The cervical spine is made up of 7 vertebrae. The first 2, C1 and C2, are highly specialized and are given unique names: atlas and axis, respectively. C3-C7 are more classic vertebrae, having a body, pedicles, laminae, spinous processes, and facet joints.
C1 and C2 form a unique set of articulations that provide a great degree of mobility for the skull. C1 serves as a ring or washer that the skull rests upon and articulates in a pivot joint with the dens or odontoid process of C2. Approximately 50% of flexion extension of the neck happens between the occiput and C1; 50% of the rotation of the neck happens between C1 and C2.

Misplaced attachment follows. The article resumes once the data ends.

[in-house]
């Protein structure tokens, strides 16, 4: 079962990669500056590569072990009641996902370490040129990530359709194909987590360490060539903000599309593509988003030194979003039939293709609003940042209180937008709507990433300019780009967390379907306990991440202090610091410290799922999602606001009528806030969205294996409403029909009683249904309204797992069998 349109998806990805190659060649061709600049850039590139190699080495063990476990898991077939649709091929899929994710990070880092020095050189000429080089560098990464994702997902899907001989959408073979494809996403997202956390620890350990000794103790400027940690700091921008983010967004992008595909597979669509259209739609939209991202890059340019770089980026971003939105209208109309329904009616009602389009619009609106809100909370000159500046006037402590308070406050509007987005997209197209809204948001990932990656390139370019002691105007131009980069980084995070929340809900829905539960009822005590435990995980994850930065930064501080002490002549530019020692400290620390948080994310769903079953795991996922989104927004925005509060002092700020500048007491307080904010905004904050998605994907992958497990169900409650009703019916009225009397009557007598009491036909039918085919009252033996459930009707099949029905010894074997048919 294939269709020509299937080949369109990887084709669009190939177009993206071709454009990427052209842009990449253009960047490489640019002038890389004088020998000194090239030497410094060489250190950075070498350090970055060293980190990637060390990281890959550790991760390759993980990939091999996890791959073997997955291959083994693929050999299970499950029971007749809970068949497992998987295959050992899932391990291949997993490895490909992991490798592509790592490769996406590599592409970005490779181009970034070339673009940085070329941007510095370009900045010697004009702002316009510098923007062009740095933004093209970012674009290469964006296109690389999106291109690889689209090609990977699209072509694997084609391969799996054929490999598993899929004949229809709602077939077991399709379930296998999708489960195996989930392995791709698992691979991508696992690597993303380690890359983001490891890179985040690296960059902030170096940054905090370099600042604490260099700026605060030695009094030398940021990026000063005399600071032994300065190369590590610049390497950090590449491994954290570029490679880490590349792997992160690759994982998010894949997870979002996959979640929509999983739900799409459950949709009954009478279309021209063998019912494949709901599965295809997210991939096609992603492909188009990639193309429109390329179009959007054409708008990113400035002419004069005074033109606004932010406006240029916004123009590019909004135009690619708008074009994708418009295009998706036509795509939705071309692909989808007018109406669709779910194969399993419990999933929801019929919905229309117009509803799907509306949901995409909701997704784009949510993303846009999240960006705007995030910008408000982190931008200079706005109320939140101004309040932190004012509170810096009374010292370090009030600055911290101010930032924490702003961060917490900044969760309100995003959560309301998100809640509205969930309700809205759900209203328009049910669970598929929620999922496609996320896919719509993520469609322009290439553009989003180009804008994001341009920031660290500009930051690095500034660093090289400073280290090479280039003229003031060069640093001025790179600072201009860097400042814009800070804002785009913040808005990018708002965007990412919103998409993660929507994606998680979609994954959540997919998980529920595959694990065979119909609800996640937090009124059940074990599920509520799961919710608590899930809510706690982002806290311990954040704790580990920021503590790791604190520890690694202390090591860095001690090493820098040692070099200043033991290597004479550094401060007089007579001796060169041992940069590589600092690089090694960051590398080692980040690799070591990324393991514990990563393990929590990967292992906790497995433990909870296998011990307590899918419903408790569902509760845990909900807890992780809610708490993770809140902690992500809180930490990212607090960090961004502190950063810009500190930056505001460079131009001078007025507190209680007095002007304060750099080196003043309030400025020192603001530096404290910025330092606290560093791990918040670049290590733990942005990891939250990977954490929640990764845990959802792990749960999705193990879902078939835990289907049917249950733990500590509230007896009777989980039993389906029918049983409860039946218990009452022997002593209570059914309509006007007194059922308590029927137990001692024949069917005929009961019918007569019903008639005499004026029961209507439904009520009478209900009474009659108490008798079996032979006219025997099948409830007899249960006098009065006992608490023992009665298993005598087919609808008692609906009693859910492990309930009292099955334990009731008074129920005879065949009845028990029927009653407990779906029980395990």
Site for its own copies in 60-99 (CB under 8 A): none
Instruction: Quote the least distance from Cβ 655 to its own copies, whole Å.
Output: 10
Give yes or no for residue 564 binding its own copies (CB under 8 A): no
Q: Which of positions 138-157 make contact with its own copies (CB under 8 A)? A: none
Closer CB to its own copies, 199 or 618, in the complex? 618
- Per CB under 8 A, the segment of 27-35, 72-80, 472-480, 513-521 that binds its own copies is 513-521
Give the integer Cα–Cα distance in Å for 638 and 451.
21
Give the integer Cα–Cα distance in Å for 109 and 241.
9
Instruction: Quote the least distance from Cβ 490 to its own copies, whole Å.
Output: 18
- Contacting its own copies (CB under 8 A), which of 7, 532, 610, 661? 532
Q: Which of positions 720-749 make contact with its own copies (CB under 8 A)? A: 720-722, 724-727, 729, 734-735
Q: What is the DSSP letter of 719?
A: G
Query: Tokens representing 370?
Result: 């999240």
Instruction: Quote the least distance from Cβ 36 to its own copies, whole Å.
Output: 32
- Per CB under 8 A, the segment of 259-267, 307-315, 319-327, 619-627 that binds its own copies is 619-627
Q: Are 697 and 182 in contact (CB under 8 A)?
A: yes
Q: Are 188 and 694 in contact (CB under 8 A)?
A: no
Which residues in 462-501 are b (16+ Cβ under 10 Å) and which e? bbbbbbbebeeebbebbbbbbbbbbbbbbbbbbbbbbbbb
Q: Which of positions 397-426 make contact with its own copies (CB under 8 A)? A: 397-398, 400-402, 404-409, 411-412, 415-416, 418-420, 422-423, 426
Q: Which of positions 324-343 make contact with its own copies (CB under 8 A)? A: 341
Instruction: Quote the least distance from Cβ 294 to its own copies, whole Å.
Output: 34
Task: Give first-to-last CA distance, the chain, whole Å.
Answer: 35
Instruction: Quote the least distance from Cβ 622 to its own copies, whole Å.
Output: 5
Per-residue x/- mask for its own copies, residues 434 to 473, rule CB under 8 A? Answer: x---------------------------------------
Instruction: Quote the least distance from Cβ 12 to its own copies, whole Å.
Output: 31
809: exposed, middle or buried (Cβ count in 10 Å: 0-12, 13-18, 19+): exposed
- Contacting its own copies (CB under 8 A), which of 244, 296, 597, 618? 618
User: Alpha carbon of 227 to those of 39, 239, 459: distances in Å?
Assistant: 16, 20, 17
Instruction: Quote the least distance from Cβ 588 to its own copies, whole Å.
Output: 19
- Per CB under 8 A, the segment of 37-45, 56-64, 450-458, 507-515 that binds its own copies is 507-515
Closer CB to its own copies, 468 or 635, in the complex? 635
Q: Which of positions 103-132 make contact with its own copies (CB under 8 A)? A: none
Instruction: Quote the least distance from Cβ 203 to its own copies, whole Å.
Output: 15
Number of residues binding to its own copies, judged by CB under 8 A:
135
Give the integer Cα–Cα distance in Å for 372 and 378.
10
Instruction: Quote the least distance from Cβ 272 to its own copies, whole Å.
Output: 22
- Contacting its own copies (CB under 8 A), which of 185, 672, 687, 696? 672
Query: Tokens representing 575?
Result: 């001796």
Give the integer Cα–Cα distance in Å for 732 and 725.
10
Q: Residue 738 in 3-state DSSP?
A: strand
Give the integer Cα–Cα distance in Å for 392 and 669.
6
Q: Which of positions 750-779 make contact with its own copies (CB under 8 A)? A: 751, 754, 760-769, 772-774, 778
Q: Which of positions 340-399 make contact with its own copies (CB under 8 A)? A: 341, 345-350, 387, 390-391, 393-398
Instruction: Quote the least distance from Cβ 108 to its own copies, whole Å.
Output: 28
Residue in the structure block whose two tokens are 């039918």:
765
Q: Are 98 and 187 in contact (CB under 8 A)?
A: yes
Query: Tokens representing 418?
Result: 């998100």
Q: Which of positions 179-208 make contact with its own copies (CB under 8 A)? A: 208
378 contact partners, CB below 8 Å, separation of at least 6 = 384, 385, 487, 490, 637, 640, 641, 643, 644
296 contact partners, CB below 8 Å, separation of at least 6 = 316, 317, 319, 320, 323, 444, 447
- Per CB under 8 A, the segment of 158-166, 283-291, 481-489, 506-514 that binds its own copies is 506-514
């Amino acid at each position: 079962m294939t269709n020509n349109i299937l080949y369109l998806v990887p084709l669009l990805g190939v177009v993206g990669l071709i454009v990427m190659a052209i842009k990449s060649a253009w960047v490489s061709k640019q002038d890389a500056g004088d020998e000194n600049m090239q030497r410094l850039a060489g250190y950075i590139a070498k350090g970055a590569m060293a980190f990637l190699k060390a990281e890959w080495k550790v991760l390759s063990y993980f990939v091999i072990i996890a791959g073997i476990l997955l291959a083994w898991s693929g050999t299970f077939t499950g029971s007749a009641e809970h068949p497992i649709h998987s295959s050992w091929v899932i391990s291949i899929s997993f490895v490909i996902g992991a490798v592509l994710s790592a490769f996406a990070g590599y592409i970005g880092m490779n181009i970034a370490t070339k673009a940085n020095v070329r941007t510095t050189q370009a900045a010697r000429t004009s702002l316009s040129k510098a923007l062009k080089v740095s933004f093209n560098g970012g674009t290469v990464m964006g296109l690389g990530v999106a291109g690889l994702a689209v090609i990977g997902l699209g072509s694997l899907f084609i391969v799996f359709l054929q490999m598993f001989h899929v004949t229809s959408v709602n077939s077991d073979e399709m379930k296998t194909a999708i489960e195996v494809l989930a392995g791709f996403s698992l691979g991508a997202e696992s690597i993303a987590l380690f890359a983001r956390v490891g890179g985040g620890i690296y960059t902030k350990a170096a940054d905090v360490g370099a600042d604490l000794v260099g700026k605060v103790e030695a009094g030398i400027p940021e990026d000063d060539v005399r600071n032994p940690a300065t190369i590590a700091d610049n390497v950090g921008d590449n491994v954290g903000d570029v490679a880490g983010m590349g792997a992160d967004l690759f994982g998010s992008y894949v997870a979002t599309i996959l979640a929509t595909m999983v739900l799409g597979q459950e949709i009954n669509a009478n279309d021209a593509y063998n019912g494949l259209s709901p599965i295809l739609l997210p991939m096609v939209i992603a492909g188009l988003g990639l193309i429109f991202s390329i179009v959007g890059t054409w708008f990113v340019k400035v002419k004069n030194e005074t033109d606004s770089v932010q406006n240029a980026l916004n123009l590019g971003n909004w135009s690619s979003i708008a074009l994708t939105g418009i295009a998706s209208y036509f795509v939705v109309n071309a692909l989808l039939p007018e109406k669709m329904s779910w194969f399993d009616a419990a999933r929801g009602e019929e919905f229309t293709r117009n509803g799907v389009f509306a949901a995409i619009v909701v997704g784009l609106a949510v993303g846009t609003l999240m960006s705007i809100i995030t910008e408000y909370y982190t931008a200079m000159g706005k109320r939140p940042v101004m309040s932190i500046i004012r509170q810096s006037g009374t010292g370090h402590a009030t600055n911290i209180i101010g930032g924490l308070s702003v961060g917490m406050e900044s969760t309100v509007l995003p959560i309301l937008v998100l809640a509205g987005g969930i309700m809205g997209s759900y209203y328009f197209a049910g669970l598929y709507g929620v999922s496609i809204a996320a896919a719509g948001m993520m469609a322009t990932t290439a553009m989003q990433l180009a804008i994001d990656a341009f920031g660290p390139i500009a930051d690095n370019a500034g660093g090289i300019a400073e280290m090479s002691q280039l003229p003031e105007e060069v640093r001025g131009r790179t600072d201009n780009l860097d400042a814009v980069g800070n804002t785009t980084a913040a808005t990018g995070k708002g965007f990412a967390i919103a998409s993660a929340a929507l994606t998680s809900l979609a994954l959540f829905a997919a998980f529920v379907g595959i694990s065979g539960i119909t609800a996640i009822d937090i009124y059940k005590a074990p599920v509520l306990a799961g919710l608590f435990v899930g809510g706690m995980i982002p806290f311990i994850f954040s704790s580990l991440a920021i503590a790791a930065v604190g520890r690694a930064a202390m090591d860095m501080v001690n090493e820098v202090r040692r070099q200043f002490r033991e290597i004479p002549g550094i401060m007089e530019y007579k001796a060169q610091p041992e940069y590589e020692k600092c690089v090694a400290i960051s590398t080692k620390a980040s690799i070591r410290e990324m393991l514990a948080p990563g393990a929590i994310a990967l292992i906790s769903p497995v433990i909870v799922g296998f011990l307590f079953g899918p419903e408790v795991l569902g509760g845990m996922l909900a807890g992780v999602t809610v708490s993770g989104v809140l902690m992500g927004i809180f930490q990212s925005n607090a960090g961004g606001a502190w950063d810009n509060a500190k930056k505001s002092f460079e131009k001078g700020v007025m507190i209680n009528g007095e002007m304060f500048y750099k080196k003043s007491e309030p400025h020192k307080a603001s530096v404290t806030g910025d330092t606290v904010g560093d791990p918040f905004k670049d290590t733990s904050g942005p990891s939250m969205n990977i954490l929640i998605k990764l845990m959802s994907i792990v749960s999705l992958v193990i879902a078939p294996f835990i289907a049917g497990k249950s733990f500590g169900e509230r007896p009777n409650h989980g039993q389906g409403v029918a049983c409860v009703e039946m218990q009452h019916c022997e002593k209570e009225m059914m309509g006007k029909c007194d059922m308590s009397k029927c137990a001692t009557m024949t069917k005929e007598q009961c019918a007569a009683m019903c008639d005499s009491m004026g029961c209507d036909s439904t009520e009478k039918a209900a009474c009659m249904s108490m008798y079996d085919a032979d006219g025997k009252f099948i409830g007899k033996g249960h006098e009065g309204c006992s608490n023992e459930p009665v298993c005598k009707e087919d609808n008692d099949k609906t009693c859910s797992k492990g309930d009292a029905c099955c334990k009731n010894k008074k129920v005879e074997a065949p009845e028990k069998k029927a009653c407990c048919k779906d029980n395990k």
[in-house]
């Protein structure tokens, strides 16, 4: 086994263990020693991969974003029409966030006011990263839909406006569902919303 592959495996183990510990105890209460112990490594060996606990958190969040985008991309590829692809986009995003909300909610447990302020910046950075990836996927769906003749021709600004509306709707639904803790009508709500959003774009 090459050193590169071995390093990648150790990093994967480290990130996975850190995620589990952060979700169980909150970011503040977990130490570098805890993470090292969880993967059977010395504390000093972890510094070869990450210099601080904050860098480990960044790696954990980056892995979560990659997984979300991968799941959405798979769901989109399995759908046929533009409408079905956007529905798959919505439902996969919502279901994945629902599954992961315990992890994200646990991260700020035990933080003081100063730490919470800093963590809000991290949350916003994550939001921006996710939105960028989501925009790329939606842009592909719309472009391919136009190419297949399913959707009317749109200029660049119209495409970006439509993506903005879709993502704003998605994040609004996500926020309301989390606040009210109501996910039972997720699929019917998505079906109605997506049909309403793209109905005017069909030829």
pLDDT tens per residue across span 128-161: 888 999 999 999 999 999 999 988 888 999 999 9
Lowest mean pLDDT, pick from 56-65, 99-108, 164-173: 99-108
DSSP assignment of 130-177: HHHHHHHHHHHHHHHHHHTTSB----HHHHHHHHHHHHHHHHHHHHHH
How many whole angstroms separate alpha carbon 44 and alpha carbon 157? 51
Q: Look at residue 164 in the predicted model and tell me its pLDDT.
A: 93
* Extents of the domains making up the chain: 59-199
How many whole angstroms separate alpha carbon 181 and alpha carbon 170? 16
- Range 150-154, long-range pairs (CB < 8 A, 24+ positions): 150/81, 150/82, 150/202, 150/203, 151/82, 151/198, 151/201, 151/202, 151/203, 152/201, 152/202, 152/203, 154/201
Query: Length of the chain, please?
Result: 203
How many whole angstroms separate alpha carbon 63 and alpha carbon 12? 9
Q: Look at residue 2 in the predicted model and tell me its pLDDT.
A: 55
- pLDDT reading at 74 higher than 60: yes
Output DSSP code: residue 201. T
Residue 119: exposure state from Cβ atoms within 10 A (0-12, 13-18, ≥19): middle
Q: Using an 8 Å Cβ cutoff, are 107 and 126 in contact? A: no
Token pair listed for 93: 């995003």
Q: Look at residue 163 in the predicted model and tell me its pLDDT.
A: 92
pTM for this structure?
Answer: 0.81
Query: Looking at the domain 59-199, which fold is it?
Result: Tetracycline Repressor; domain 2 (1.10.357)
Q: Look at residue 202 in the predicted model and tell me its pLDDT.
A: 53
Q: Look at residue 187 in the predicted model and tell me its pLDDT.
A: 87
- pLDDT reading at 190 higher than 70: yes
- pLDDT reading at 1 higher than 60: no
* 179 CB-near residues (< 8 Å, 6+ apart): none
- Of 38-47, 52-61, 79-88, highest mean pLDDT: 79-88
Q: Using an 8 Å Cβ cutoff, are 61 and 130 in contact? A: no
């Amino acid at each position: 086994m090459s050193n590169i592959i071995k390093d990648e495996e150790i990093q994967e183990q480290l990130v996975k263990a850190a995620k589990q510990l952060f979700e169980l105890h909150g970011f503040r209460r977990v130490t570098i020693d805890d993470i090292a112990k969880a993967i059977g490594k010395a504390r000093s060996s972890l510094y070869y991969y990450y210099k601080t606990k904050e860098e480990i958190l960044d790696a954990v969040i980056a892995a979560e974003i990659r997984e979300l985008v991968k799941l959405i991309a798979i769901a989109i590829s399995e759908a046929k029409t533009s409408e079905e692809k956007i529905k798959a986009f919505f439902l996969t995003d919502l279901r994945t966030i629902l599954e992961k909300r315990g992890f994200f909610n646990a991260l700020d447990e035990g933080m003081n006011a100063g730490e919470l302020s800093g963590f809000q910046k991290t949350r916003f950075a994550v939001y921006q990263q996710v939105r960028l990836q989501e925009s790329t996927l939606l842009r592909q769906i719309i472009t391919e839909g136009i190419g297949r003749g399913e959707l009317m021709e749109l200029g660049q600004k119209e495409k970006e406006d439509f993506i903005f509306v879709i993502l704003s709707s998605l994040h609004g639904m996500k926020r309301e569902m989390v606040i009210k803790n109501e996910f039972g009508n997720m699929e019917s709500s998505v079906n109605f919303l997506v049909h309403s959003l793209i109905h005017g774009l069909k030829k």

The cervical spine is much more mobile than the thoracic or lumbar regions of the spine. Unlike the other parts of the spine, the cervical spine has transverse foramina in each vertebra for the vertebral arteries that supply blood to the brain.